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Home » PEOPLE AND PLACES » MASSACHUSETTS » Giving Back In Style: The Hat Sisters
The Hat Sisters
Giving Back In Style: The Hat Sisters

By Peter F. Demers and Tony Zampelli | June 08, 2011

For over 25 years, two men, yes two men, have donned extravagant hats, often with matching dresses and accessories, and showing up as the main attraction to benefit any number of charitable causes.

Affectionately known as “The Hat Sisters” to their legion of fans and friends, the Hat Sisters have worn their unique and colorful hats on untold number of occasions to help raise money for, or draw attention to, a worthy cause.

The Hat Sisters

While a significant number of their charitable efforts benefit the LGBT community, many serve a broader audience.   One such program is The Boston Globe’s Scholastic Art & Writing Awards for junior and senior high school kids, through which young people receive visual arts and writing awards and scholarships. For this, they don’t don the incredible hats they design and construct, but for most others they do, such as the American Heart Association’s Heart Ball.   At The Muscular Dystrophy Association’s HEEL Ball, shoes are the main draw except for the Hat Sisters’ hats of course.   At the Arts in Bloom event, for the Boston Museum of Fine Arts Art, the Hat Sister’s not only designed their own hats but also many of the hats worn by the fashion models.

As their presence is in such demand, the Hat Sisters sometimes maintain a rigorous schedule with as many as three different events in one day and, of course, twice that number of hats need to be designed and constructed. Even their old hats serve a charitable purpose as they donate them to organizations like Rosie’s Place, a Boston organization that supports the homeless, for auction.

The Hat Sisters happened quite by accident.   John Michael Gray was in Provincetown preparing for the second Provincetown Carnival in 1984. While talking with his significant other, Tim O’Connor, who was back home working in Boston, he spoke of all the costumes and parties he’d seen, and asked Tim what they should wear. Tim’s busy schedule prompted him to leave that up to his hubby. “I’ll wear whatever you wear,” he said. With that, John Michael began to create, making two of everything, identical and colorful.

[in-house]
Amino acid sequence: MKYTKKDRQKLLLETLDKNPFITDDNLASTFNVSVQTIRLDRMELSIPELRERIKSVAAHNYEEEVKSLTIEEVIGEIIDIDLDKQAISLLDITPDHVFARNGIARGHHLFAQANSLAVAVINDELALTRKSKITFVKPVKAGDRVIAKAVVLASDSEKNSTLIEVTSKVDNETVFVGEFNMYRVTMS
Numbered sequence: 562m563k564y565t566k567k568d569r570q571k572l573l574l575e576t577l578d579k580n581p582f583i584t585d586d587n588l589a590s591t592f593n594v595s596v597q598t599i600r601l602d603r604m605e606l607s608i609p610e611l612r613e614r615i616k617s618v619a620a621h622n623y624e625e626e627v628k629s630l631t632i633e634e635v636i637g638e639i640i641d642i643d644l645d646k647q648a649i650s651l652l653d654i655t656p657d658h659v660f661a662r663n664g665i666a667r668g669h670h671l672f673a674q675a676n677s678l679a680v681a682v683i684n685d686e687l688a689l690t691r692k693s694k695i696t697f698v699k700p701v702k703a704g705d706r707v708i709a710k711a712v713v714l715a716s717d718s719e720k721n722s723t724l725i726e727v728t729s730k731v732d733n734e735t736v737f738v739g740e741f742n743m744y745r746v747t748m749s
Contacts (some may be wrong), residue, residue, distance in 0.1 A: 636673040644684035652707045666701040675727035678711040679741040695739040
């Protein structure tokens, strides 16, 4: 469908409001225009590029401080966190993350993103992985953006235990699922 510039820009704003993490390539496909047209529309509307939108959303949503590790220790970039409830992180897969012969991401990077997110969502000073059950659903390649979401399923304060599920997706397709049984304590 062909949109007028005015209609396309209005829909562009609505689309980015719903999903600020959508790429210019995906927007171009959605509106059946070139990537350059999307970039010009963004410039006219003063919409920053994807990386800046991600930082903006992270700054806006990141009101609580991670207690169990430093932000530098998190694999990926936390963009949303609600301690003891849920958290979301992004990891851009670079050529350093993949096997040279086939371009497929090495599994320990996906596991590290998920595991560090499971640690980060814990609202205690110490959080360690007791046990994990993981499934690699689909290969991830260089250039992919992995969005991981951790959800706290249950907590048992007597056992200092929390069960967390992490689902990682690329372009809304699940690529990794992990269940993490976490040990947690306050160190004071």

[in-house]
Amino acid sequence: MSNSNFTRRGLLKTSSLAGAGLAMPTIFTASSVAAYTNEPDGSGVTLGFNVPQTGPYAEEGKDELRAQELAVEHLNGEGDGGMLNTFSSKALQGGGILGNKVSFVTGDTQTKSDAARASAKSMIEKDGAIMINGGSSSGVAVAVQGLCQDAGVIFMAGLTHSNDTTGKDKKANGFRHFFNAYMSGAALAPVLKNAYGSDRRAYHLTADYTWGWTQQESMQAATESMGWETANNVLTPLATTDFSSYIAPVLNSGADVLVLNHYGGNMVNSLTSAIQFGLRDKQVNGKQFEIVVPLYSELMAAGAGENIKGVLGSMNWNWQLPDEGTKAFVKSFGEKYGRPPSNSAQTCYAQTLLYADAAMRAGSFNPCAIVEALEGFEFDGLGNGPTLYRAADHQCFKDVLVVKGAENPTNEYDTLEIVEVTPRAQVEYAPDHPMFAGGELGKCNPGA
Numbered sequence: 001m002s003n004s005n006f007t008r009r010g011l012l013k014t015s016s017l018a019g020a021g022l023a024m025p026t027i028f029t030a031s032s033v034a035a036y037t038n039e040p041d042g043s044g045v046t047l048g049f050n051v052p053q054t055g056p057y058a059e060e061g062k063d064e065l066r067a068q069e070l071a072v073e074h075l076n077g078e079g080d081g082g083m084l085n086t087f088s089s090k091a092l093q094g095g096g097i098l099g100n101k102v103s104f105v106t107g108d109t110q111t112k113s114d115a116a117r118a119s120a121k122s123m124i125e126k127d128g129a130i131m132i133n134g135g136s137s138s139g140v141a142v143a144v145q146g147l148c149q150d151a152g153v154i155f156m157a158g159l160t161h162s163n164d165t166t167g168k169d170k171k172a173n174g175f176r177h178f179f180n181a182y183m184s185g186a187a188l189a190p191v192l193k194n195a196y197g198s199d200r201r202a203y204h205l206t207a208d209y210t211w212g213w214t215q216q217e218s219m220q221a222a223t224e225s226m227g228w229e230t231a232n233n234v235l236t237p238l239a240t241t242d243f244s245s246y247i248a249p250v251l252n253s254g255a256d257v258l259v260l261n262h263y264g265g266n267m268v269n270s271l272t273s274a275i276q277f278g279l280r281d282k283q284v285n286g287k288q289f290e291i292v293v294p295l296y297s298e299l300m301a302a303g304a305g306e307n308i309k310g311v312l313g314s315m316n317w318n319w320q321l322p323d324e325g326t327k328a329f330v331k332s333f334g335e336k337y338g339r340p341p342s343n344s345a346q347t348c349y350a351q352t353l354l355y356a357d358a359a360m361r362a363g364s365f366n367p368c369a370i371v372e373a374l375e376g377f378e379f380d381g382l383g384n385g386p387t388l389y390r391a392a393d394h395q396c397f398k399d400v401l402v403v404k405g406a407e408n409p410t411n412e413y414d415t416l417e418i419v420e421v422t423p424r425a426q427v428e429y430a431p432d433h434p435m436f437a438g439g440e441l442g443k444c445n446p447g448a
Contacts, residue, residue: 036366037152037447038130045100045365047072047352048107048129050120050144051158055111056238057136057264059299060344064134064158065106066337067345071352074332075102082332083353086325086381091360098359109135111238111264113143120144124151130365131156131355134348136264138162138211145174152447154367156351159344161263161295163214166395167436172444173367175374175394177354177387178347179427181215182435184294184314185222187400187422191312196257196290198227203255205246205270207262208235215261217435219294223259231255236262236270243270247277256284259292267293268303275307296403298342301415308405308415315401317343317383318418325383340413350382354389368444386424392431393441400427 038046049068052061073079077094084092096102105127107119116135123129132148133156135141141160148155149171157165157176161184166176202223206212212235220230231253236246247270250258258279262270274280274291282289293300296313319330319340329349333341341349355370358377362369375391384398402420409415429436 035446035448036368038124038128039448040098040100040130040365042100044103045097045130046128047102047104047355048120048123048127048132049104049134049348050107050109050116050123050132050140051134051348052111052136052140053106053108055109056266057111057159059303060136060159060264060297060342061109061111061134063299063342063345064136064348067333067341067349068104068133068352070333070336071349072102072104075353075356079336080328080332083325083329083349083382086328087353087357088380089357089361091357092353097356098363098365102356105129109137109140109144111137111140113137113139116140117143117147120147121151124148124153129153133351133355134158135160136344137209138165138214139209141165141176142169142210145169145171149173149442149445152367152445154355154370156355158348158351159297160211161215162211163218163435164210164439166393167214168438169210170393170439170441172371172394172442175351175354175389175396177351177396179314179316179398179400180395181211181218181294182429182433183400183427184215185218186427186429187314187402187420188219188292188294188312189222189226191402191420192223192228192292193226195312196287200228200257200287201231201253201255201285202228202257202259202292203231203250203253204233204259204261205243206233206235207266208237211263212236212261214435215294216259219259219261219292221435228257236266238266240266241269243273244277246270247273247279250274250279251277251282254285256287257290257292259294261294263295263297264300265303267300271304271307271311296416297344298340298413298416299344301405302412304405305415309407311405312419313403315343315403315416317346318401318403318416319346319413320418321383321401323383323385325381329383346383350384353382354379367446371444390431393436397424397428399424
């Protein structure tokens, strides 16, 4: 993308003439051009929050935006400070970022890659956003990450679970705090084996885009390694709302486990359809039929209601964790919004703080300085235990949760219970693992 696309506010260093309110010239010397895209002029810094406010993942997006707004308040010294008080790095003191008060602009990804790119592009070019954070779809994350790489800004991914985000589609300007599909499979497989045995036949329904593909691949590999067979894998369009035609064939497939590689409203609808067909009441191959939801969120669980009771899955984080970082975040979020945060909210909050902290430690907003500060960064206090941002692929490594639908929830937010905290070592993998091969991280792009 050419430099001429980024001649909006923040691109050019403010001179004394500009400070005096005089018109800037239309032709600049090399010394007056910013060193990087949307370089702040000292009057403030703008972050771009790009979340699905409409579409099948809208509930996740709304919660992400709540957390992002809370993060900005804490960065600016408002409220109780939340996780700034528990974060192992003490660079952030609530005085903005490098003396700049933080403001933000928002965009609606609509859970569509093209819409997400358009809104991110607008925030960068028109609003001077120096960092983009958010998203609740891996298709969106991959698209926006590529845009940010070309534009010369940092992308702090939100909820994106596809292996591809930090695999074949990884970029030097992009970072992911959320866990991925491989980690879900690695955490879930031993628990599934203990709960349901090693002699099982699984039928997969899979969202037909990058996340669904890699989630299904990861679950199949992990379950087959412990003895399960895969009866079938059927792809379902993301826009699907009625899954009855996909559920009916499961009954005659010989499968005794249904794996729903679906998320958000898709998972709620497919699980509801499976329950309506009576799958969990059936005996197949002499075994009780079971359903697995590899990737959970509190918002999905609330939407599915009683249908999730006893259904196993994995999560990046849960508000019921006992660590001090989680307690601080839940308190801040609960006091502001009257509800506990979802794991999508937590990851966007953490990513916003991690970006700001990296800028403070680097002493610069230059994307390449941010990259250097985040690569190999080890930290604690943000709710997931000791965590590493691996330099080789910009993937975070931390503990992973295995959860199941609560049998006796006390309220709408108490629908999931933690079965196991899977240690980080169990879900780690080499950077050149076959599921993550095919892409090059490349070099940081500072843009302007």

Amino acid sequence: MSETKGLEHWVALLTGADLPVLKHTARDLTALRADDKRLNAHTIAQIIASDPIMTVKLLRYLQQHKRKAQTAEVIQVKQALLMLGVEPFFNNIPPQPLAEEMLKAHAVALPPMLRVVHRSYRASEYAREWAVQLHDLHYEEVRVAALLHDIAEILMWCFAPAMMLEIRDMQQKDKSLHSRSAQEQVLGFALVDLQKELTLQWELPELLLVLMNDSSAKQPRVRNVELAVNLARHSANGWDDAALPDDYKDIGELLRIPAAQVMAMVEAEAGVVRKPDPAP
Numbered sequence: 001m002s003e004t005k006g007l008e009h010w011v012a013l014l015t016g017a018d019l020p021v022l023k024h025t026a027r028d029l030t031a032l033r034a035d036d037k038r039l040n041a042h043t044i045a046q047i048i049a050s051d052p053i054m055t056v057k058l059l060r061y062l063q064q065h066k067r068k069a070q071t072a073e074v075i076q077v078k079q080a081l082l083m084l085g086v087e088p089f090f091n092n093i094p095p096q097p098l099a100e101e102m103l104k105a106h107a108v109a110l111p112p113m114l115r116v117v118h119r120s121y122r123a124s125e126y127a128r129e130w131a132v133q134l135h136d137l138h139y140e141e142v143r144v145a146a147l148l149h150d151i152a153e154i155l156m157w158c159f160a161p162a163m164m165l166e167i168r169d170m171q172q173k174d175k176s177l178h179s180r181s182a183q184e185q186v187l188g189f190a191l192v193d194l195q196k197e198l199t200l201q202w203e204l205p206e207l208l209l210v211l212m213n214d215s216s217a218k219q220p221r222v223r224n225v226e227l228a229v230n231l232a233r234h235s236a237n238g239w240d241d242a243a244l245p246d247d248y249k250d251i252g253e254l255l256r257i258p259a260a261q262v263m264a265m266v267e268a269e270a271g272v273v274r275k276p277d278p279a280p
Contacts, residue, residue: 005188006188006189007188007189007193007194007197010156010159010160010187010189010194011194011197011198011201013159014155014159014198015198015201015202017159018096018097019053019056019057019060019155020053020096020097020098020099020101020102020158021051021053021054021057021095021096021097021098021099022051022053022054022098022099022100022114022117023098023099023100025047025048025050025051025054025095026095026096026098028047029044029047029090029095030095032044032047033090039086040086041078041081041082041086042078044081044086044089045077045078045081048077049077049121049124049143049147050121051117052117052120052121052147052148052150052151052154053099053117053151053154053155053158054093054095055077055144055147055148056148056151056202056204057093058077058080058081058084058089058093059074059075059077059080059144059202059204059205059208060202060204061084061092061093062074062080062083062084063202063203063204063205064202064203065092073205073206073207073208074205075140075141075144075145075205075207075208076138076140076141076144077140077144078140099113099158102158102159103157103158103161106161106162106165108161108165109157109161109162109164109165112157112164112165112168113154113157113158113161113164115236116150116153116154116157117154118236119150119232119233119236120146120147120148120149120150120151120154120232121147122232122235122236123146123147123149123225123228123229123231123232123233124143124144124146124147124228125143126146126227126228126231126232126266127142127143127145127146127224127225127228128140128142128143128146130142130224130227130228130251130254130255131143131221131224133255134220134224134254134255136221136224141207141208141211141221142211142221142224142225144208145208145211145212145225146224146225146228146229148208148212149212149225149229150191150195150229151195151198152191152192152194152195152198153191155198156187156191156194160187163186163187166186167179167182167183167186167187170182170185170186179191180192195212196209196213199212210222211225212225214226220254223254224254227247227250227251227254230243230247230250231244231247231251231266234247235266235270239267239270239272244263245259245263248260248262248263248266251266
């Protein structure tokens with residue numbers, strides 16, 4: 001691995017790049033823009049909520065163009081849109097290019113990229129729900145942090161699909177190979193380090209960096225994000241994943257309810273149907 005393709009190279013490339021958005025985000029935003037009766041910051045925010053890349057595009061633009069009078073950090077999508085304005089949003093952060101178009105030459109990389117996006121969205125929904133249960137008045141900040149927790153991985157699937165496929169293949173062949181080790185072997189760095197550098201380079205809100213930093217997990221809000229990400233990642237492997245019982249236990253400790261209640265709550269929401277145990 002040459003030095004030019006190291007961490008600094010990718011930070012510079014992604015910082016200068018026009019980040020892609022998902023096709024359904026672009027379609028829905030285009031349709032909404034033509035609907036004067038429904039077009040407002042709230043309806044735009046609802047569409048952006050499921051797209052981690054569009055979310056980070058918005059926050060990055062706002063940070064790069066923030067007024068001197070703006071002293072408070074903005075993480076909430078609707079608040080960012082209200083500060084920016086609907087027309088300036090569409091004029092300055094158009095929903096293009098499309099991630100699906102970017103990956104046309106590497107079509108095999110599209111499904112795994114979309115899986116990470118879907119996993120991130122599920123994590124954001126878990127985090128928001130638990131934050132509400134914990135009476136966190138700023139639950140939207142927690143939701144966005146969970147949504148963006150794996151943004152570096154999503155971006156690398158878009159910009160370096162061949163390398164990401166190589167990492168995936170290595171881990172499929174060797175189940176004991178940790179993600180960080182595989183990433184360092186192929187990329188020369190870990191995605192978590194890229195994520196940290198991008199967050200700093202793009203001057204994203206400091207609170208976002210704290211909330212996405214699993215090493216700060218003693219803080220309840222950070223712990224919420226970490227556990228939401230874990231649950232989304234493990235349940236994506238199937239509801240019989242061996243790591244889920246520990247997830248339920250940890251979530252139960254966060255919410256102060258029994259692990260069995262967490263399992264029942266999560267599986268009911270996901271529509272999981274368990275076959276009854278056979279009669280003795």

Longtime friends join Tim (L) and John Michael (R) at their 25th Anniversary Celebration

The very first hat and costume, Crying Doves, sat atop “much, much younger and thinner guys,” laughs Tim. It was made from a simple, white Speedo combined with a pair of flip-flops on a baseball cap covered with white feathers and a painted orange bill. White cloth was attached to the back of the cap, and cuffed fabric to each of their wrists. When they raised their arms, it had the effect of wings - and The Hat Sisters were born.

Most of the hats worn by the Sisters are guided by a theme, color, invitation, or other details marking the event they are attending. Their favorite hat was created in 1987 for the March on Washington.   Right there in the garage of the Hilton Hotel in our Nation’s Capital, Tim constructed two Washington Monument hats. “It was spectacular,” Tim recalled.

Everyone Wants Their Photo Taken with The Hat Sisters!

The pair laugh as they consider the many “hat parts” they have in “satellite” locations. Some are in a storeroom in Boston, and others are in their spare bedroom in Provincetown, stored lovingly in transparent boxes. The hat parts are cataloged by decoration type: flowers, fish, animals, boas, etc. If ever you see them wearing a hat that you absolutely love, grab a camera and click a picture—quickly—because, as John Michael declares, “We wear them one time, and they come apart at the end of the day. You might see pieces of a hat combined, reused, or mixed with other hats, but each new hat only lives once!”

They say in unison, “That’s part of the game.” This is an essential element that keeps it interesting for them, because they never really know what each day or hat will bring. After spending just a few minutes with the guys, it’s more than their “image” that comes alive. Tim removes John Michael’s pearls before a photo shoot so their outfits match. John Michael examines their pumps and hats carefully to ensure that each detail is in place. They often finish one another’s sentences.

It’s a lot of work to put these elaborate hats and outfits together and now that they are both retired they have more time, but even when they both worked full time jobs it didn’t slow them down. For them, it is and always has been a labor of love. They love doing it and that they can help others by doing so. As John Michael puts it, “When it stops being fun, the Hat Sisters will be no more.” And that will be a sad day for all who have benefited from the joy and generosity that these two men have brought to so many.

All photos are copyright their respective owners.

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